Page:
TPR and immersion


This is almost interesting enough for me to want to continue teaching ESL.

…Almost…

Asher’s TPR methods have improved a lot since the 80’s and it isn’t only for beginning students anymore. Offshoots of TPR have emerged which incorporate story-telling and writing to incorporate more complex grammar, and another person has focused on the silent method which strengthens foundation absorption (which would NEVER go over in Korea! ha!) prior to grammar & speaking.  I wish I could be taught foreign languages this way.

Speaking of languages, I’m switching back to Spanish.  Korean is just not useful.  Most Koreans berate me for not learning Korean, but it seems the more educated Koreans have always told me to not bother because it’s just not useful in most of the world.  So due in part to my failure to get Koreans to talk to me and due in part to my thinking that it really isn’t that useful and especially since I’m moving to California next March and will probably retire to some Spanish speaking country where hopefully my social security money will stretch farther, I should get a jump start on Spanish now.

Shortcut to Spanish and Synergy Spanish by Marcos Santamaria is THE BEST program EVER.  In no time flat it got me prepared for a Spanish speaking vacation back in the day, but my studies got interrupted/derailed by having to coordinate a huge cancer benefit. I was on a definite roll prior to that and really felt confident about speaking out loud. I’d tried live community college classes twice with crappy results and also Rocket Spanish and Pimsleur tapes with crappy results, but Marcos’ method is more like immersion, or rather, the way you’d learn naturally but accelerated for an adult, so it feels effortless, and is very smart in giving you building blocks right away and what you need when you need it.    Gotta think about retirement, and lord knows I’ll not be retiring in Korea.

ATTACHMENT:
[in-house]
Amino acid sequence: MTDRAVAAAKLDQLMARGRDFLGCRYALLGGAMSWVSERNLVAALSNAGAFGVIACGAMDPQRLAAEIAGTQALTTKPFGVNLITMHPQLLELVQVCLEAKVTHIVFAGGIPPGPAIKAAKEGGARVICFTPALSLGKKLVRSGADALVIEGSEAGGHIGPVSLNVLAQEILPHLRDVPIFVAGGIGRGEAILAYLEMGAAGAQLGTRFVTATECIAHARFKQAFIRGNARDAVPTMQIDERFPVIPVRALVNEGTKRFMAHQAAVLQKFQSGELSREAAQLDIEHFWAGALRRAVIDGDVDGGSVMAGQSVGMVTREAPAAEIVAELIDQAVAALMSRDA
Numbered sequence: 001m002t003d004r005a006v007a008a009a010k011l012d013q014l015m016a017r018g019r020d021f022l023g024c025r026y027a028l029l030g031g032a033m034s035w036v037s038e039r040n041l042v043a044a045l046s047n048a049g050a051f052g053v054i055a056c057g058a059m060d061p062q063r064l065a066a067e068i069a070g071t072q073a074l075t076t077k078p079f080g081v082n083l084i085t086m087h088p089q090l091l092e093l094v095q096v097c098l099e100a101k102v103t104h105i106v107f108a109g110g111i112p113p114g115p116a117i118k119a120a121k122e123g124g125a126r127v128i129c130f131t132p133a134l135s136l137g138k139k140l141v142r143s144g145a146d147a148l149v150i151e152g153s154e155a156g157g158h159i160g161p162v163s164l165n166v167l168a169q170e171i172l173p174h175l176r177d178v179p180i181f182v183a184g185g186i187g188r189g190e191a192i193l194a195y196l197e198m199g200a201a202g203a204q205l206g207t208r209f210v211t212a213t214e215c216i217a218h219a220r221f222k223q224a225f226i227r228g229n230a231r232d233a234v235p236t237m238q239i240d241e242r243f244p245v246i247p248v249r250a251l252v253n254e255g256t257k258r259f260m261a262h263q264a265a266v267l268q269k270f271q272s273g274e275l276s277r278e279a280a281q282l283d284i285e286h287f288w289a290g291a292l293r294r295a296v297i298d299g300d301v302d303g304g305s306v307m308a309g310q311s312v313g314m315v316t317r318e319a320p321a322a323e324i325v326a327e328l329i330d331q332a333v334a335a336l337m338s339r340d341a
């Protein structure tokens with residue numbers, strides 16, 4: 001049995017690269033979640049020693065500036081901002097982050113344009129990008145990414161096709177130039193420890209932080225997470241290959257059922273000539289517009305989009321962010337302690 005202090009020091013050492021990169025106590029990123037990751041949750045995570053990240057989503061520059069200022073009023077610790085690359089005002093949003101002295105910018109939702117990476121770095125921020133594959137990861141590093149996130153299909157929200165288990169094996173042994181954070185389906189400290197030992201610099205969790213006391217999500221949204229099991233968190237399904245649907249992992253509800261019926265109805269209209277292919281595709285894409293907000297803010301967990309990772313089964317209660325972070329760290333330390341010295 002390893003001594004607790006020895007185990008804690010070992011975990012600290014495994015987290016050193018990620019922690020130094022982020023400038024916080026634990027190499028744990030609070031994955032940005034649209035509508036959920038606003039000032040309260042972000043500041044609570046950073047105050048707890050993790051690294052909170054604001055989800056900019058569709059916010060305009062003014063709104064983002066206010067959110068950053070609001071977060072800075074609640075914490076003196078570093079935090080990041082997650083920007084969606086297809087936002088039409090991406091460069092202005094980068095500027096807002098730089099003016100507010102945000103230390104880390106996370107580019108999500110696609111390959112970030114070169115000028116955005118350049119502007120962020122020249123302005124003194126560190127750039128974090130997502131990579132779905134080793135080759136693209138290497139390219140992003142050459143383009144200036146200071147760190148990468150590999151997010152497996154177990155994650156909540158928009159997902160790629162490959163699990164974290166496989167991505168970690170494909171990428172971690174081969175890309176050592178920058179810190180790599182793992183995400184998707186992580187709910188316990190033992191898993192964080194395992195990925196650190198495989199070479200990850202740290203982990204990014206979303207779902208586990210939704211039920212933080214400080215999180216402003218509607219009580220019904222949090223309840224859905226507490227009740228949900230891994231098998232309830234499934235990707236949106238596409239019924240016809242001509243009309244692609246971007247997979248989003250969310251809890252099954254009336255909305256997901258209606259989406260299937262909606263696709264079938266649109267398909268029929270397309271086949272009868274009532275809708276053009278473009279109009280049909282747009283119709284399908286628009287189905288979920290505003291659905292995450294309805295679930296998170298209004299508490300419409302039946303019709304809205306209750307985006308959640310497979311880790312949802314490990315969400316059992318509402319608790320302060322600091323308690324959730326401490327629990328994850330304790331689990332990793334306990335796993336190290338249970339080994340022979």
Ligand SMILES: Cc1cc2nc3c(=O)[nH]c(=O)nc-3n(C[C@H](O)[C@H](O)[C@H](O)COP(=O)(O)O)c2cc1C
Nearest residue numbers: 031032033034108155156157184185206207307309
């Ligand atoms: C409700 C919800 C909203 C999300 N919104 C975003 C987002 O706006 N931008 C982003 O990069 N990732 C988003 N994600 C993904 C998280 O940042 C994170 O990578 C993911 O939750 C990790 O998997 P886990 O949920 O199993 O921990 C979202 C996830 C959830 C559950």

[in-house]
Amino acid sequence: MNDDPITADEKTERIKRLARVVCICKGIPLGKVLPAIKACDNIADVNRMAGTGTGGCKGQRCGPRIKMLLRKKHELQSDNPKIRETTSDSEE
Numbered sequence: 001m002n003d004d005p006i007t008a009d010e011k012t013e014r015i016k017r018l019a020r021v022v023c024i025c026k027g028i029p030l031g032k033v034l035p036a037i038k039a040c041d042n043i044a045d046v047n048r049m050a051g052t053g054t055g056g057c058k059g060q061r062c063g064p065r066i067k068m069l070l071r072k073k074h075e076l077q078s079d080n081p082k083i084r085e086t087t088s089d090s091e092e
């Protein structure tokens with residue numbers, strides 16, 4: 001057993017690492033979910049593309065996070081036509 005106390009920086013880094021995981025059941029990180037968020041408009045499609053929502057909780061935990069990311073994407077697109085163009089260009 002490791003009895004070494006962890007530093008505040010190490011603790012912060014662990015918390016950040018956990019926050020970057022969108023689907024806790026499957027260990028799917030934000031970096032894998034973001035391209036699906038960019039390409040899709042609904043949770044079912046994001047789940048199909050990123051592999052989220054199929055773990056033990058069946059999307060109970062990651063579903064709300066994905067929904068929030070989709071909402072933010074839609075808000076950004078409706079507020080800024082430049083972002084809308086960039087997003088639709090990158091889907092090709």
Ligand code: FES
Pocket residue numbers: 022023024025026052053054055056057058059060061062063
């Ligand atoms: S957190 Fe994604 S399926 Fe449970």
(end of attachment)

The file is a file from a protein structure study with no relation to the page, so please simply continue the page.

Anyway, enjoy these videos about language acquisition.

If only I could roll my damned R’s…

Oh, and tension between the one uptight teacher at my school has mysteriously died down.  Don’t know if it’s because absence makes the heart grow fonder (my services have only been utilized one week for the past month, or if the teacher’s difficulty with the upstart class without me has proven that it’s not me.  But every morning I get greeted with a cheery good morning as if we’re best buddies.  (smack forehead)  I swear, I’ll never understand Koreans.  This repression/tension/erasure pattern is classic…

Fortunately, I really like the other teacher and she actually talks to me a little.  Though she, too, second guesses what I do at times.  Like one student was all excited Jason Mraz was coming to a nearby town, so I played a video of his with English subtitles and I got chewed out for there being no educational point to that.  The point was good will.  Four minutes of good will.  But I guess that’s only reserved for the Korean home room teachers…That’s not okay, but if there’s five minutes left of class I’m reminded to wrap it up.  And it’s totally okay if I give free time…Anyway, the next week I do nothing but give incredibly easy oral exams, the week after that I will probably desk sit as the Korean teachers take my class time for exam prep, then will come exam week, the week following the Korean teachers will probably take my class time for exam review, and then it will be summer vacation.  Like I said earlier – irrelevant.  My job here is totally irrelevant.  Must tell myself what easy money it is.  Easy money.  Easy money.  As I pound the palm of my hand against my forehead…

Three days of the week prior to exams I go on another Native English Teacher PLUS orientation.  Used to hate these, as the workshops are totally useless, but the last two orientations I came away with great friends so am really looking forward to another opportunity to have meaningful conversation with equally frustrated and thoughtful world travelers trying to get through another year in this stress-filled, sometimes illogical, sometimes beautiful, competitively ugly, sometimes xenophobic country.

Advertisements

One thought on “TPR and immersion

Leave a Reply

Fill in your details below or click an icon to log in:

WordPress.com Logo

You are commenting using your WordPress.com account. Log Out / Change )

Twitter picture

You are commenting using your Twitter account. Log Out / Change )

Facebook photo

You are commenting using your Facebook account. Log Out / Change )

Google+ photo

You are commenting using your Google+ account. Log Out / Change )

Connecting to %s